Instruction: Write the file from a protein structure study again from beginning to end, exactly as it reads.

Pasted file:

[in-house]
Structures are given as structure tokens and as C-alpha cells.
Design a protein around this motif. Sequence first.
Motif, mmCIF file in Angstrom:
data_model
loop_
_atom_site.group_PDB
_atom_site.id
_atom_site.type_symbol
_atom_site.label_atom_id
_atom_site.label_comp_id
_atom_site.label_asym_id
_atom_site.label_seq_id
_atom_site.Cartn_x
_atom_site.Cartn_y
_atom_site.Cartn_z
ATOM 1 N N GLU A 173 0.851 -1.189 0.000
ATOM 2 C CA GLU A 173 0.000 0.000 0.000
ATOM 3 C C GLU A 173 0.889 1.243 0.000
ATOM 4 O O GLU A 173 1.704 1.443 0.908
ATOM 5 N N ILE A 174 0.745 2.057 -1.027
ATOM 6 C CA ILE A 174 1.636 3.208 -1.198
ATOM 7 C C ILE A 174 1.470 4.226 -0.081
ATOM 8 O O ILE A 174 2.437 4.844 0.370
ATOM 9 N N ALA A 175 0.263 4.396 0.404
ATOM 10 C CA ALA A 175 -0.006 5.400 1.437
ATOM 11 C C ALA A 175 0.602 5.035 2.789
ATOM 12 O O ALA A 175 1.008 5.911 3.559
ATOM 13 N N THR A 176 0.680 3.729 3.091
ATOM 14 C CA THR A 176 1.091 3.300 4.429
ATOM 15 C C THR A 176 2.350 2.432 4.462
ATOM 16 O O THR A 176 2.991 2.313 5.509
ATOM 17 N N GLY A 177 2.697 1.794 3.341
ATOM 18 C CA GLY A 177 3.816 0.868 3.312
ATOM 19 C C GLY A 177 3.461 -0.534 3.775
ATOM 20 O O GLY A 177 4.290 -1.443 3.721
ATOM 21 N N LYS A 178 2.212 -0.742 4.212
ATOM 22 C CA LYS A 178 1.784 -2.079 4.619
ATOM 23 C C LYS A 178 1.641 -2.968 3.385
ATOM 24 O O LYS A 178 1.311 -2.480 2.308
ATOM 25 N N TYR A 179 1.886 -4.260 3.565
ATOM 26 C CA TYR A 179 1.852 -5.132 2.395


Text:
[in-house]
Structures are given as structure tokens and as C-alpha cells.
Design a protein around this motif. Sequence first.
Motif, mmCIF file in Angstrom:
data_model
loop_
_atom_site.group_PDB
_atom_site.id
_atom_site.type_symbol
_atom_site.label_atom_id
_atom_site.label_comp_id
_atom_site.label_asym_id
_atom_site.label_seq_id
_atom_site.Cartn_x
_atom_site.Cartn_y
_atom_site.Cartn_z
ATOM 1 N N GLU A 173 0.851 -1.189 0.000
ATOM 2 C CA GLU A 173 0.000 0.000 0.000
ATOM 3 C C GLU A 173 0.889 1.243 0.000
ATOM 4 O O GLU A 173 1.704 1.443 0.908
ATOM 5 N N ILE A 174 0.745 2.057 -1.027
ATOM 6 C CA ILE A 174 1.636 3.208 -1.198
ATOM 7 C C ILE A 174 1.470 4.226 -0.081
ATOM 8 O O ILE A 174 2.437 4.844 0.370
ATOM 9 N N ALA A 175 0.263 4.396 0.404
ATOM 10 C CA ALA A 175 -0.006 5.400 1.437
ATOM 11 C C ALA A 175 0.602 5.035 2.789
ATOM 12 O O ALA A 175 1.008 5.911 3.559
ATOM 13 N N THR A 176 0.680 3.729 3.091
ATOM 14 C CA THR A 176 1.091 3.300 4.429
ATOM 15 C C THR A 176 2.350 2.432 4.462
ATOM 16 O O THR A 176 2.991 2.313 5.509
ATOM 17 N N GLY A 177 2.697 1.794 3.341
ATOM 18 C CA GLY A 177 3.816 0.868 3.312
ATOM 19 C C GLY A 177 3.461 -0.534 3.775
ATOM 20 O O GLY A 177 4.290 -1.443 3.721
ATOM 21 N N LYS A 178 2.212 -0.742 4.212
ATOM 22 C CA LYS A 178 1.784 -2.079 4.619
ATOM 23 C C LYS A 178 1.641 -2.968 3.385
ATOM 24 O O LYS A 178 1.311 -2.480 2.308
ATOM 25 N N TYR A 179 1.886 -4.260 3.565
ATOM 26 C CA TYR A 179 1.852 -5.132 2.395